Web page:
Advocacy Program

Katherine Pettus.

The IAHPC Advocacy Program aligns with the four thematic areas of work identified in the IAHPC 2020-2024 Strategic Plan, Strategic Objective 1.2: “To develop a global cadre of IAHPC members to advocate for improved access to palliative care at national, regional, and global levels.” The Advocacy Program supports national and regional palliative care (PC) organizations to operationalize policy agendas that include integration of PC into primary health care under universal health coverage and improved availability of essential palliative care medicines. As a Non-State Actor in official relations with the World Health Organization, and a non-governmental organization in consultative status with the UN Economic and Social Council, our delegations participate in technical consultations and member state meetings of the UN organizations relevant to global health, drug policy, and human rights.

The IAHPC has developed and implemented a list of resources, tools and strategies to strengthen advocacy for palliative care. The program is under the leadership of Dr. Katherine Pettus, Senior Advocacy and Partnerships Director.

Advocacy Initiatives

The IAHPC Advocacy and Partnerships Senior Director and IAHPC members have participated as delegates and representatives in several meetings of UN organizations and civil society organizations. This section includes links to presentations and reports.

Advocacy Course

The goal of the IAHPC advocacy course is to continue building and strengthening partnerships to accelerate global, regional, and national advocacy for palliative care.

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Including Palliative Care in the Pandemic Treaty

WHO Pandemic Preparedness Treaty Needs Palliative Care! The WHO Intergovernmental Body is negotiating a pandemic preparedness and response treaty. IAHPC and other palliative care organizations have suggestions to improve the draft. See how you and your organization can help to make this happen.

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Leadership Development Program (LEAD)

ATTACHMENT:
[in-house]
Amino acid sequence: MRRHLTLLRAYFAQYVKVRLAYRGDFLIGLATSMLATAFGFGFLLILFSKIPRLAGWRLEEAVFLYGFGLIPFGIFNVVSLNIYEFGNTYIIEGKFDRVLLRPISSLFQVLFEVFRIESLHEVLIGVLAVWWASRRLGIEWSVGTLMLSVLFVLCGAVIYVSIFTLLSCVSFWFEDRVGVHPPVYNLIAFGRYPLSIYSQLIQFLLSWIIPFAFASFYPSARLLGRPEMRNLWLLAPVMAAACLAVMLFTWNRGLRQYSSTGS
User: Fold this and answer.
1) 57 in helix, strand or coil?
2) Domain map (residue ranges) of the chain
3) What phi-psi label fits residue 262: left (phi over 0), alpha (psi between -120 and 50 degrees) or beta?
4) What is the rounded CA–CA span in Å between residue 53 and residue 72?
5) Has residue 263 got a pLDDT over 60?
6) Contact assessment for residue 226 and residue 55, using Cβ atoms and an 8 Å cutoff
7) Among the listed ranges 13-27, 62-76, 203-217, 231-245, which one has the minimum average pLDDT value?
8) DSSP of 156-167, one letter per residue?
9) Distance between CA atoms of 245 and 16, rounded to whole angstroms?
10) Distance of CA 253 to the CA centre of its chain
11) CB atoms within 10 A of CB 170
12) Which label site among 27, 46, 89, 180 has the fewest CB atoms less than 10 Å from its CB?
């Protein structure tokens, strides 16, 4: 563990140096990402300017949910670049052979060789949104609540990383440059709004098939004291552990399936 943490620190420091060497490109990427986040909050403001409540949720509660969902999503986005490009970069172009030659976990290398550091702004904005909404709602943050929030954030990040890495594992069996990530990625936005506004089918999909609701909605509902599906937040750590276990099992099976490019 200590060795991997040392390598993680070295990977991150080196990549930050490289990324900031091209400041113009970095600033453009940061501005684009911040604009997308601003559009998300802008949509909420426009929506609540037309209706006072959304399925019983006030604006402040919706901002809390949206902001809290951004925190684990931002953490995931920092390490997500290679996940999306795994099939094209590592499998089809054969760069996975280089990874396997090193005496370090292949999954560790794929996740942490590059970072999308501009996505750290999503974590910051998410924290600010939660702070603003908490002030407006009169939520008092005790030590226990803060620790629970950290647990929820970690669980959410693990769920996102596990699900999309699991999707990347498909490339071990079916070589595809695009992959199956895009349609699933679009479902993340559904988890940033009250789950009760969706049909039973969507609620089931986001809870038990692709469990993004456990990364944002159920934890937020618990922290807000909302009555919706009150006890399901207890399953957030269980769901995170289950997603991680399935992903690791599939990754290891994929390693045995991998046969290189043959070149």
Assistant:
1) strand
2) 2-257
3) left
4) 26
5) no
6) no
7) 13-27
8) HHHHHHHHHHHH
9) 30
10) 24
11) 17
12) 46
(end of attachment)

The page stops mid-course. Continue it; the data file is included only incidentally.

The IAHPC Leadership Development (LEAD) Program is designed to support academic institutions and civil society organizations aspiring to build leadership capacity to develop constructive partnerships and improve palliative care service provision in their countries or regions.

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Frequently asked questions on Palliative Care Advocacy

  1. What is a palliative care policy advocacy? Structured communication between national, regional, and global palliative care associations (non-governmental organizations) and government representatives, at the local, national, regional, and international levels.
  2. Why does IAHPC do palliative care advocacy? To improve policies leading to access to palliative care, and to raise public awareness of the benefits of appropriate care for patients and families.
  3. Who can do palliative care advocacy? Members of a palliative care organization, non-governmental organizations, civil society organizations, and professional associations or institutions. IAHPC advocacy is done by individuals and teams in an institutional context that is framed by the United Nations system. National advocacy is done in the context of your own government.
  4. How can I do palliative care advocacy? It depends on the issue and on what level you want to work: local, regional, national, international, or a combination. Advocacy is done by individuals, but through institutions/organizations. Some examples of how you can do advocacy include:
    1. Join your national, regional, and international palliative care organizations.
    2. Stay current by reading the IAHPC newsletter.
    3. Get to know your lawmakers and regulators). Invite them to visit your program and see your work firsthand. Build constructive, collaborative relationships with your government. They need experts to guide and advise and palliative care workers can provide guidance.
    4. Participate in social media (create accounts on social media such as Twitter, Facebook, LinkedIn, YouTube and others.) Follow the IAHPC on social media and stay current.
    5. Ensure your association designates an advocacy focal point to engage in direct communication: letters, emails, etc. with lawmakers, and with regional and international palliative care organizations.
    6. Get to know journalists and representatives of traditional media: learn to write press releases, editorials, and co-author journal articles.
    7. Participate in a delegation with your national, regional, or international association in meetings where public health issues are debated and policy goals are set out in resolutions and consensus documents.

We can help you with these efforts!